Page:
We thought you might enjoy a few tips on how you can use it effectively, so let’s start with a very important subject: troubleshooting downtime. After all, once you’ve received an alert from us that your website is down, you might want to have a closer look at exactly what the problem is.
As an added benefit, much of what we tell you here below are things you can apply in the existing control panel, so you practically get two lessons for the price of one. Neat, huh?
Three steps to troubleshooting outages
To begin, go to the uptime report for the check (monitored site) that is or was down.
The uptime report (specifically the status table)
The status table in the uptime report will show you a list of your outages, how long they lasted, and give you a nice starting point for troubleshooting that downtime with direct links to relevant logs, filtered to show you what’s important.
If you click on the icon for the test result log that we’ve marked above, you’ll be transported to a pre-filtered version of that log, showing only the relevant time frame of the outage. See below.
The test result log (filtered)
As you can see, the test result log shows the results for all the individual tests we perform on your site. Note that you can see why we considered your site to be down (in this case a connection timeout).
This is actually not that different from the detailed log in the current control panel, but the filtering when you go to the test result log is more aggressive, so it will only show you the results for that specific outage, plus a couple of results just before and after. This is a great first step to find out why an outage happened.
Usually, the test result log will tell you all you need to know. If you for some reason want to dive deeper, you can have a look at the error analysis that was performed when we detected the outage. (Again, go via the status table in the uptime report.)
The error analysis
The error analysis is triggered by an outage and tries to load your web page for a much longer time (up to 180 seconds instead of 30) and also logs every HTTP request and the content of the responses we get from your web server. It can be highly useful and give you plenty of additional clues as to what’s behind the problem.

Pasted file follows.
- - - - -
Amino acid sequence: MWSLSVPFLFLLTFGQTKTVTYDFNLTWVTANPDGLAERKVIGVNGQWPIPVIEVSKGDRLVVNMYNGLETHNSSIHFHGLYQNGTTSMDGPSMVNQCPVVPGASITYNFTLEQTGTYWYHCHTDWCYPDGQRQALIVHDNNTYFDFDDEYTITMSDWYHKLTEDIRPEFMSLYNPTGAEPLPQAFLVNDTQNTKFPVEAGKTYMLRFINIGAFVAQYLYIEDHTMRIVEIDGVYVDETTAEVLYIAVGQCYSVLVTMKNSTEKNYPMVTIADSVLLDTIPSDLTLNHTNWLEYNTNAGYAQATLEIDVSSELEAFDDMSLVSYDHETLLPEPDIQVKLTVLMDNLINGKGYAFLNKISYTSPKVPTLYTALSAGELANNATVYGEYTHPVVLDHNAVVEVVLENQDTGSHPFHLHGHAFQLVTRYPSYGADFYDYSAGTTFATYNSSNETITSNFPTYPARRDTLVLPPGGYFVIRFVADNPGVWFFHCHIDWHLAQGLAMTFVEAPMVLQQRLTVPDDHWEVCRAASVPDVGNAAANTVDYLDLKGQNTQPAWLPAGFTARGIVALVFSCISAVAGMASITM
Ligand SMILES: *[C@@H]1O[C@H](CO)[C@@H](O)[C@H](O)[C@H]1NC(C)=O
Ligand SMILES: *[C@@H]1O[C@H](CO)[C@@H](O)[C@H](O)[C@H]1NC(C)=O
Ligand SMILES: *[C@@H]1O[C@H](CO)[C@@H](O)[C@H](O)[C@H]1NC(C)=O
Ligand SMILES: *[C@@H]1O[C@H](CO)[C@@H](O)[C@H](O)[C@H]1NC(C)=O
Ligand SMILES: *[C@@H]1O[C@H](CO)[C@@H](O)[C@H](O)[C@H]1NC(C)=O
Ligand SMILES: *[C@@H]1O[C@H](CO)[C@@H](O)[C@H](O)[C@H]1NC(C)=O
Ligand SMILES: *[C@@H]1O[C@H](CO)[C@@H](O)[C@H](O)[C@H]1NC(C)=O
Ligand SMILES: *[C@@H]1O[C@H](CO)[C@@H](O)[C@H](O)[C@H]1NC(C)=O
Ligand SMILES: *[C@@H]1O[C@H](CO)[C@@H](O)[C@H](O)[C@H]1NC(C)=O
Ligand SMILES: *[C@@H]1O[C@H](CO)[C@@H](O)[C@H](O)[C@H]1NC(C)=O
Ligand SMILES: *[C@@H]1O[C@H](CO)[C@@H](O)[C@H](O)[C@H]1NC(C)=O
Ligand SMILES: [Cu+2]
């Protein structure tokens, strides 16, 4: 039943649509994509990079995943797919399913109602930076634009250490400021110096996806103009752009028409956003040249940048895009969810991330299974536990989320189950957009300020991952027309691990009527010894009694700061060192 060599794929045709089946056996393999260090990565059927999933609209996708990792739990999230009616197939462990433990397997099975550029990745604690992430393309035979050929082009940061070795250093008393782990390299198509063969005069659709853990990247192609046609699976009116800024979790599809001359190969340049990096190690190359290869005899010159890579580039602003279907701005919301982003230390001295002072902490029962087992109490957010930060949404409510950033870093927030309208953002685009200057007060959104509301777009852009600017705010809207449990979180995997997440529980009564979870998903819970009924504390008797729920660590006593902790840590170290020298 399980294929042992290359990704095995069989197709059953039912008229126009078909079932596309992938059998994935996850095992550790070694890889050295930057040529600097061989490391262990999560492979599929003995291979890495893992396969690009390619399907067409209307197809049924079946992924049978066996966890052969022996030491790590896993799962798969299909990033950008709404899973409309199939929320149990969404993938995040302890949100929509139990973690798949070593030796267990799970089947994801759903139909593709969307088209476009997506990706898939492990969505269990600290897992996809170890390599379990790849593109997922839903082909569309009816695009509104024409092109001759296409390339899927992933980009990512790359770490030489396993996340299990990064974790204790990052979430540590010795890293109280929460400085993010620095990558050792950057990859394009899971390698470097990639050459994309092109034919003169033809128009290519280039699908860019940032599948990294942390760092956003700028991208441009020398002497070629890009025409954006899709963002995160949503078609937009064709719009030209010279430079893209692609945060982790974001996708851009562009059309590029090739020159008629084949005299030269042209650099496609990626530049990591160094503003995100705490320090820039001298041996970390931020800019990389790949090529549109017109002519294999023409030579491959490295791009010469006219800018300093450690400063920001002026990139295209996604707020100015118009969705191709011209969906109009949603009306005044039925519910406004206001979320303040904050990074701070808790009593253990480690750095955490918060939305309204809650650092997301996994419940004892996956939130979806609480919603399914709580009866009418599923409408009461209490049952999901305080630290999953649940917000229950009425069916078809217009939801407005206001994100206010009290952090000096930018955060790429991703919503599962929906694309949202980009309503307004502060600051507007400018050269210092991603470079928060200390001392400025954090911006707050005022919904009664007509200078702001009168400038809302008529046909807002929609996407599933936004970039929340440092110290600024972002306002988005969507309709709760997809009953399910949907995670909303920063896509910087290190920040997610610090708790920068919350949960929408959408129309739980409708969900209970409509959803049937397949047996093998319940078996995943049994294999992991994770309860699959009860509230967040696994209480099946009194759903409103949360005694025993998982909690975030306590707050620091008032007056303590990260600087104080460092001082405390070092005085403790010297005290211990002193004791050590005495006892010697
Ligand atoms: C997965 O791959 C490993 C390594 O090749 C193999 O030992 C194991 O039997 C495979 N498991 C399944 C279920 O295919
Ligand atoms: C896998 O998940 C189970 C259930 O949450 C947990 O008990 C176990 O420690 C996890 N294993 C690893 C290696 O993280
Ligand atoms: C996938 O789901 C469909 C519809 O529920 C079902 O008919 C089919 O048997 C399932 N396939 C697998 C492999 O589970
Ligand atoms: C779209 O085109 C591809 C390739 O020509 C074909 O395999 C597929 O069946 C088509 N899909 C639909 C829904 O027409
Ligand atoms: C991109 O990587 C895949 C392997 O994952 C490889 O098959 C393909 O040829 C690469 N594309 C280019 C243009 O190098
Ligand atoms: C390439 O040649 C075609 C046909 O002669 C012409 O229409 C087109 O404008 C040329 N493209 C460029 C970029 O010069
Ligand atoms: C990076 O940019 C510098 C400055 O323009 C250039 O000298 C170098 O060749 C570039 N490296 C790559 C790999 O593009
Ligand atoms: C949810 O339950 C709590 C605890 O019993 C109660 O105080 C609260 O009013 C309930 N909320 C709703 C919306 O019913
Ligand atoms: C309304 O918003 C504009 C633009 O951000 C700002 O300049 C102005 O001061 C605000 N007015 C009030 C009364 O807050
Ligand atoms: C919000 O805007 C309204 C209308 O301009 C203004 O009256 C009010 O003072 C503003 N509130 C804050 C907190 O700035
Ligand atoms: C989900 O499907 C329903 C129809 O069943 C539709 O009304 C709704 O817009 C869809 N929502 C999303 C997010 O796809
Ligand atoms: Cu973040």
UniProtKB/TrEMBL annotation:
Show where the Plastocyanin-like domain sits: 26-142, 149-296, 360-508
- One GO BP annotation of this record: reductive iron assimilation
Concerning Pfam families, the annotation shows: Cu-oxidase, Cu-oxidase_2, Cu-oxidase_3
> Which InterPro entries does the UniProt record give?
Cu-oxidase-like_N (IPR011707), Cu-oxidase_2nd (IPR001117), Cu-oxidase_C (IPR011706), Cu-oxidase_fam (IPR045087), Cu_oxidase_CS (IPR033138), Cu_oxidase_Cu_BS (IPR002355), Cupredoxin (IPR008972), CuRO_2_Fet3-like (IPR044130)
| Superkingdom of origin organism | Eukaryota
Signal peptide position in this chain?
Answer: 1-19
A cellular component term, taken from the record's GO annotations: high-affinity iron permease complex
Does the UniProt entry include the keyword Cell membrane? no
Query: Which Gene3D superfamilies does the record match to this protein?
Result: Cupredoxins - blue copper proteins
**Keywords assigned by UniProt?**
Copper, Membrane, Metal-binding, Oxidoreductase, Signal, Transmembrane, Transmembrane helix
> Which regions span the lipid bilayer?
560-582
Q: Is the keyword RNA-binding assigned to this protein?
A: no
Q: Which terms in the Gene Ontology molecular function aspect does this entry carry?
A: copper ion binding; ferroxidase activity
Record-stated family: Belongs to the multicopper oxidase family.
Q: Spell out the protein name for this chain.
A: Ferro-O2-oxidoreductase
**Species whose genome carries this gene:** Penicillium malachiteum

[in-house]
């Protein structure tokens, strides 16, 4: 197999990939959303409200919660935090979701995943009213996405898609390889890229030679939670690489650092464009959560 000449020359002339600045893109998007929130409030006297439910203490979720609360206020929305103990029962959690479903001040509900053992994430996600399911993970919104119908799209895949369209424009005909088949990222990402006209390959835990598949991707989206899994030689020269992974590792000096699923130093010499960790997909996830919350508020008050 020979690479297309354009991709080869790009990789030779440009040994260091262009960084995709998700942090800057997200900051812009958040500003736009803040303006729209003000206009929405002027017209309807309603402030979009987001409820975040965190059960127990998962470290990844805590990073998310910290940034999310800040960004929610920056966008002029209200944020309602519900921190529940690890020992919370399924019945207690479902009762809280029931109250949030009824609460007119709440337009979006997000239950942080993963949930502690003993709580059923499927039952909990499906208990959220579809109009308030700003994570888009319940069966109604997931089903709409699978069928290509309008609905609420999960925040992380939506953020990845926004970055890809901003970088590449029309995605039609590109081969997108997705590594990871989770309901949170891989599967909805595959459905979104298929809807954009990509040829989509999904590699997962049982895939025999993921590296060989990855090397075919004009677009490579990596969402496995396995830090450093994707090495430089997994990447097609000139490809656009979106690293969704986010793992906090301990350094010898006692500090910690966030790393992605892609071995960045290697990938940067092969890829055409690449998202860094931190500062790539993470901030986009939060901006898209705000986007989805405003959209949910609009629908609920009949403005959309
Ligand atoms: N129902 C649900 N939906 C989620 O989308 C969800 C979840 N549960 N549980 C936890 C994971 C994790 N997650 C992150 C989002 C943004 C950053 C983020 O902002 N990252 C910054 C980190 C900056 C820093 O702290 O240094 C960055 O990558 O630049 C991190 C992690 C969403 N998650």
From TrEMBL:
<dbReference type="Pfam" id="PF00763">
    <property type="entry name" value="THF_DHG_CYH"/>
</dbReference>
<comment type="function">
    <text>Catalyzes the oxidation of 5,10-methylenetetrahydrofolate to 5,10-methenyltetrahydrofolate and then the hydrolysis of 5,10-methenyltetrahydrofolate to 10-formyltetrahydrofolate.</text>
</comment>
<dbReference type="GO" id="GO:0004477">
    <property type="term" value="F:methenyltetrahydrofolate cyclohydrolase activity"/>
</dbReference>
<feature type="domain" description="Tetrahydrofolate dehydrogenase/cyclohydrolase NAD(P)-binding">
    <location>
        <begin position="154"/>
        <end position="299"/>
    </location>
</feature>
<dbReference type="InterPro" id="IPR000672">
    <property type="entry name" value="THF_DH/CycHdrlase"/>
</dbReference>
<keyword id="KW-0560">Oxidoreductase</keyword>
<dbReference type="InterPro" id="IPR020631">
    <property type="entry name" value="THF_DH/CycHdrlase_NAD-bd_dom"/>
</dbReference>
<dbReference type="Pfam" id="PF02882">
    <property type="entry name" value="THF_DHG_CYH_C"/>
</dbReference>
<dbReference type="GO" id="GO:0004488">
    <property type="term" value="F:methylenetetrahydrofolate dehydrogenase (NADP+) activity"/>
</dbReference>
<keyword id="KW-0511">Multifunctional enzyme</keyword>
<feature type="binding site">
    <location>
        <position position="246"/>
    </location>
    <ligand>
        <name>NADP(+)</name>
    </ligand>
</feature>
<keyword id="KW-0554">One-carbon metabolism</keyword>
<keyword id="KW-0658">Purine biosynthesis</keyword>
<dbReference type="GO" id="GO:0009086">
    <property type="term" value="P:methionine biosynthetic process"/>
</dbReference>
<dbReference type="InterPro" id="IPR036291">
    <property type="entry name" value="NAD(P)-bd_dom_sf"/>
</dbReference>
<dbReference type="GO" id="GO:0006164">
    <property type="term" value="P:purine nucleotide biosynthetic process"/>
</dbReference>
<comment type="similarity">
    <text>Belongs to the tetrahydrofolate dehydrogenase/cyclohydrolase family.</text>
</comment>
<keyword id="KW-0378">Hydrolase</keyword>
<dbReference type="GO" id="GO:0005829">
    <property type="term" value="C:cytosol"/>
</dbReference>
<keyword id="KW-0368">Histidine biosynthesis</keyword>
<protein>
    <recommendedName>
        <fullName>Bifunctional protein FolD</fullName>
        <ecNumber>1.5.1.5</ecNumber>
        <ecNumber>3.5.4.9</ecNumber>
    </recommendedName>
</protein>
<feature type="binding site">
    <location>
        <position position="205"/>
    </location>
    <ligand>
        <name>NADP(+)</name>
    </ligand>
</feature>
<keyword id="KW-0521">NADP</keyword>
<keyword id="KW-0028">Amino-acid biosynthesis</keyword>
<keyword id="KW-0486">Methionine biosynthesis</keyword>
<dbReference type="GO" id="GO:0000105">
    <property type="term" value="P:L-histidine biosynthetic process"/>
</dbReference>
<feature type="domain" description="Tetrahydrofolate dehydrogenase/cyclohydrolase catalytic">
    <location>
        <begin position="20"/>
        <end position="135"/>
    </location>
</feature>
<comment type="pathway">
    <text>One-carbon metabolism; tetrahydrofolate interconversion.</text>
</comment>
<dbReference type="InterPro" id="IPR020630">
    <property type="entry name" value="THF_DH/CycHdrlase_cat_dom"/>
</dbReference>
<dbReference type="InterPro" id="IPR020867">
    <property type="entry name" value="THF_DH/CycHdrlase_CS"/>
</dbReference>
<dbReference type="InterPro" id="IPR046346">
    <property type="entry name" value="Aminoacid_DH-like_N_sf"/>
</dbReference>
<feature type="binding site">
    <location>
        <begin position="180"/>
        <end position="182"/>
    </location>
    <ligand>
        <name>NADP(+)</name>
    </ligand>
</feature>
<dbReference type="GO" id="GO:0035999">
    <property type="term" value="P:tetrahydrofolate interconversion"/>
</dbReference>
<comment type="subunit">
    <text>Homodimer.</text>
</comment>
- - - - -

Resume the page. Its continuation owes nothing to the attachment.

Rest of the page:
In this specific case we can see that the reason the site timed out for us was because it took 40 seconds to load (we consider anything that takes more than 30 seconds to load as down). We can also see that it would have been considered down anyway, because once the response from the web server finally came back, it was an HTTP 500 error (internal server error), which we also consider as down. In this specific case we even see the site’s error page content, referencing a database error.
That’s pretty good, isn’t it? All in all, this took us less than a minute to find out.
Summary of downtime troubleshooting in Pingdom
This is a pretty useful list to go by:
- View outages in the status table in the uptime report.
- Via the status table, click on the result log icon to view individual test results and see why we considered your site to be down.
- If you want to dive deeper, click on the error analysis icon (via the status table).
Bonus tip: Take advantage of the fact that you’re in a web browser, and open up the links in new tabs so you can quickly jump between them, viewing the problem from different angles.
There you go. You’re well on your way to becoming a Pingdom power user.
Make your voice heard
Don’t forget that we have a feedback widget included in the new control panel. Use it! Let us know what you think. Your feedback will help us make the new control panel even better. And since it’s currently under development, this is a very good time to give feedback.